The University of Alabama
Center for Academic Success
All writers use certain techniques, some
to make the message clearer, some to sway your opinion. Recognizing a
writerís style will help you evaluate what you read.
Recognizing the writerís techniques:
The way the author picks words and puts them together. As Ella Fitzgerald
once said, "it ainít what you do; itís the way how you do
it." Authorís choices indicate their intended audience.
The attitude of the author toward the subject, usually expressed as
feelings, such as: respect, hate, anger, impatience, humor, irony,
State of mind or feeling at a particular time. The way you feel after
reading the authorís work.
The reason the author wrote, such as: to provide information, to
persuade the reader, to cause an
action, to promote an opinion, to amuse, to entertain, or to induce the reader to buy a product.
The way an authorís interests and beliefs influence the work.
Authorsí beliefs may cause their
work to be slanted, which means they do not provide an objective treatment of their topic.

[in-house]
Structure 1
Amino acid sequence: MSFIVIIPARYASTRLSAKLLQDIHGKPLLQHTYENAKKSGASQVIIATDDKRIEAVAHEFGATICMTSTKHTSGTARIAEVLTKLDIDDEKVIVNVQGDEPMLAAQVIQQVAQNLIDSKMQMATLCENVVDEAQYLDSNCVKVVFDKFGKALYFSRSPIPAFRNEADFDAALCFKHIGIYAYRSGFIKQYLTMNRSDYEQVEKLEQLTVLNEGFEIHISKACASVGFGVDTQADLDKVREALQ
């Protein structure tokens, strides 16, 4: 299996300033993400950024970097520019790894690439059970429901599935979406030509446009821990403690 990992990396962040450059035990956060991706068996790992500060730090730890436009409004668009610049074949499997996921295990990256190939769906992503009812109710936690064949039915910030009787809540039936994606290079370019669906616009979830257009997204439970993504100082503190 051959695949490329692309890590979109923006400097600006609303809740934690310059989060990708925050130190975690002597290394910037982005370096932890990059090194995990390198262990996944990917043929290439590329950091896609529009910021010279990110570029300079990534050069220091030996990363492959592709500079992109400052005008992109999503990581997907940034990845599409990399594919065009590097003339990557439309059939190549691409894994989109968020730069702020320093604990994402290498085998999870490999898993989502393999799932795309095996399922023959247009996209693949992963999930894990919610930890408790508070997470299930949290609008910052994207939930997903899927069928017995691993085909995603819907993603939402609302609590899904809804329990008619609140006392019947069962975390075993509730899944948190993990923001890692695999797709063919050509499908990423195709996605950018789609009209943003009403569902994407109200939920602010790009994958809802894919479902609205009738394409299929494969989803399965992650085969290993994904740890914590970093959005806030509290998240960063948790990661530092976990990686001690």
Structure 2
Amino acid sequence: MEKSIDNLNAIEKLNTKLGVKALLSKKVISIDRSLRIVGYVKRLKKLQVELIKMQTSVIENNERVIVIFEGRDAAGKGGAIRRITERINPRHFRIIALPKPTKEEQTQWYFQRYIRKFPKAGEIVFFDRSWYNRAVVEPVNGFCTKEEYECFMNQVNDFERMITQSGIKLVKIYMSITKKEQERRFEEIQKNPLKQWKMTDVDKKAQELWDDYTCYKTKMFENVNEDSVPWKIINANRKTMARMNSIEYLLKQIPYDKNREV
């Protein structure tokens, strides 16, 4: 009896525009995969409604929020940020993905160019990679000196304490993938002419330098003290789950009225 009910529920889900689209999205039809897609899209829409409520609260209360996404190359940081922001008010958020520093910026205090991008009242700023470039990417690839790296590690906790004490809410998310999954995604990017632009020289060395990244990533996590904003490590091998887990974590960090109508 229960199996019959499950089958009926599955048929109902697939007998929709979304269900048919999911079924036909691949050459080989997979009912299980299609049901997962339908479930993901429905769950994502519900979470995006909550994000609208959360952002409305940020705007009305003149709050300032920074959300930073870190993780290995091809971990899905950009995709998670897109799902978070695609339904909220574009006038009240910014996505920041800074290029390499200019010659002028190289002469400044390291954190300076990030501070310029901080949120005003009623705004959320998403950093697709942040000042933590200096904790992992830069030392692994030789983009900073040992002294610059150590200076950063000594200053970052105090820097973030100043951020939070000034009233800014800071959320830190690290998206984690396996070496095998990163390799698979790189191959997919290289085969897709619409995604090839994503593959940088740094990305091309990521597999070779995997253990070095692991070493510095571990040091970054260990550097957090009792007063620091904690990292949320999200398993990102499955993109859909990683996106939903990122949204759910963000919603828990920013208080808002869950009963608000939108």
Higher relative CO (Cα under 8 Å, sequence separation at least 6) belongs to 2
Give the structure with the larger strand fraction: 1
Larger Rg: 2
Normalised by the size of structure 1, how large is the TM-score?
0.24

Techniques of writing that twist the
truth use deceptive methods to press a special point of view. Authors who
twist the truth knowingly leave out or alter facts and use spurious
(untrustworthy, faulty) logic. An example of this type of writing is
propaganda. The point of view is biased, prejudiced, or slanted. The
author usually has made up his or her mind and canít be confused with
facts. You can spot propaganda by watching out for the following:
used for emotional effect: commie, pinko, liberal, John Bircher,
conservative, activist, Yankee.
2. Words with special connotations.
3. Try to
recognize the following methods of propaganda:
wording, general statements
cards (only the facts that agree with the author)
opposing view through negative names and words.